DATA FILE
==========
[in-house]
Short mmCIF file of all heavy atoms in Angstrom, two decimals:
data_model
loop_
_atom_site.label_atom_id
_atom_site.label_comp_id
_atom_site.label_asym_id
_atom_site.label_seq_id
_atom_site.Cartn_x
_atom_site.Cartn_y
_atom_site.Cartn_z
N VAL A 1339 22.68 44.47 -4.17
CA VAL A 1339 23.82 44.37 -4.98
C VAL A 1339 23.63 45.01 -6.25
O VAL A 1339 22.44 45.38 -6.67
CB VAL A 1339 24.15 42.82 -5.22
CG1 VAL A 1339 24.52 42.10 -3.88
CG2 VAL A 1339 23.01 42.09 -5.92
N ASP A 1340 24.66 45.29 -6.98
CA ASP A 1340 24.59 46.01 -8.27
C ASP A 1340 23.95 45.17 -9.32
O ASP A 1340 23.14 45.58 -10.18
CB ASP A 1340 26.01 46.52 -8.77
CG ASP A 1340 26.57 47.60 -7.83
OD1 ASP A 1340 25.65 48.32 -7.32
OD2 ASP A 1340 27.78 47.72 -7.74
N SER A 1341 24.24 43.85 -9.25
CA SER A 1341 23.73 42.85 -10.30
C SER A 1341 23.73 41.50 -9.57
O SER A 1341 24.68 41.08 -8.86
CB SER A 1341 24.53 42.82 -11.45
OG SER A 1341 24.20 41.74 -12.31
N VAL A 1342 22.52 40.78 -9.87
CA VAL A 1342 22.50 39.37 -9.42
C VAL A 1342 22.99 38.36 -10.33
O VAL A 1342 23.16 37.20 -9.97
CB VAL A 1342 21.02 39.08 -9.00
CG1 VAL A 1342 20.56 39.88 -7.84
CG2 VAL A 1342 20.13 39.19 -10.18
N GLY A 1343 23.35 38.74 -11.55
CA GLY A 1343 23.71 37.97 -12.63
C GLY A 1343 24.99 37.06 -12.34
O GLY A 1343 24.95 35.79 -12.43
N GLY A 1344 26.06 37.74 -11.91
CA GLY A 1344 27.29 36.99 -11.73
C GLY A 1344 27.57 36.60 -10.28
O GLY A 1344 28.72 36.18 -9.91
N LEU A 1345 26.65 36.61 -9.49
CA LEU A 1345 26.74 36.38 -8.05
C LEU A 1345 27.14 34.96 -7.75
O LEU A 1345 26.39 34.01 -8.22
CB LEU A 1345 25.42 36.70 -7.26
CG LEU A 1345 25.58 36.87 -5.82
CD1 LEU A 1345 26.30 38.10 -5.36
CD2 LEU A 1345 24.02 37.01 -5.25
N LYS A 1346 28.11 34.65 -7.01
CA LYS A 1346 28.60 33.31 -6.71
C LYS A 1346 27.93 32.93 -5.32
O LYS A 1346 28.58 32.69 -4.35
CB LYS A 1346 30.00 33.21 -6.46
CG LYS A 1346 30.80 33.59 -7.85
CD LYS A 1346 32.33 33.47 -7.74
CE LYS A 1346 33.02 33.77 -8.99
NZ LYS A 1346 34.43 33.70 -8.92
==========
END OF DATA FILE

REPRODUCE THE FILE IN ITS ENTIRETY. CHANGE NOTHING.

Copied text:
[in-house]
Short mmCIF file of all heavy atoms in Angstrom, two decimals:
data_model
loop_
_atom_site.label_atom_id
_atom_site.label_comp_id
_atom_site.label_asym_id
_atom_site.label_seq_id
_atom_site.Cartn_x
_atom_site.Cartn_y
_atom_site.Cartn_z
N VAL A 1339 22.68 44.47 -4.17
CA VAL A 1339 23.82 44.37 -4.98
C VAL A 1339 23.63 45.01 -6.25
O VAL A 1339 22.44 45.38 -6.67
CB VAL A 1339 24.15 42.82 -5.22
CG1 VAL A 1339 24.52 42.10 -3.88
CG2 VAL A 1339 23.01 42.09 -5.92
N ASP A 1340 24.66 45.29 -6.98
CA ASP A 1340 24.59 46.01 -8.27
C ASP A 1340 23.95 45.17 -9.32
O ASP A 1340 23.14 45.58 -10.18
CB ASP A 1340 26.01 46.52 -8.77
CG ASP A 1340 26.57 47.60 -7.83
OD1 ASP A 1340 25.65 48.32 -7.32
OD2 ASP A 1340 27.78 47.72 -7.74
N SER A 1341 24.24 43.85 -9.25
CA SER A 1341 23.73 42.85 -10.30
C SER A 1341 23.73 41.50 -9.57
O SER A 1341 24.68 41.08 -8.86
CB SER A 1341 24.53 42.82 -11.45
OG SER A 1341 24.20 41.74 -12.31
N VAL A 1342 22.52 40.78 -9.87
CA VAL A 1342 22.50 39.37 -9.42
C VAL A 1342 22.99 38.36 -10.33
O VAL A 1342 23.16 37.20 -9.97
CB VAL A 1342 21.02 39.08 -9.00
CG1 VAL A 1342 20.56 39.88 -7.84
CG2 VAL A 1342 20.13 39.19 -10.18
N GLY A 1343 23.35 38.74 -11.55
CA GLY A 1343 23.71 37.97 -12.63
C GLY A 1343 24.99 37.06 -12.34
O GLY A 1343 24.95 35.79 -12.43
N GLY A 1344 26.06 37.74 -11.91
CA GLY A 1344 27.29 36.99 -11.73
C GLY A 1344 27.57 36.60 -10.28
O GLY A 1344 28.72 36.18 -9.91
N LEU A 1345 26.65 36.61 -9.49
CA LEU A 1345 26.74 36.38 -8.05
C LEU A 1345 27.14 34.96 -7.75
O LEU A 1345 26.39 34.01 -8.22
CB LEU A 1345 25.42 36.70 -7.26
CG LEU A 1345 25.58 36.87 -5.82
CD1 LEU A 1345 26.30 38.10 -5.36
CD2 LEU A 1345 24.02 37.01 -5.25
N LYS A 1346 28.11 34.65 -7.01
CA LYS A 1346 28.60 33.31 -6.71
C LYS A 1346 27.93 32.93 -5.32
O LYS A 1346 28.58 32.69 -4.35
CB LYS A 1346 30.00 33.21 -6.46
CG LYS A 1346 30.80 33.59 -7.85
CD LYS A 1346 32.33 33.47 -7.74
CE LYS A 1346 33.02 33.77 -8.99
NZ LYS A 1346 34.43 33.70 -8.92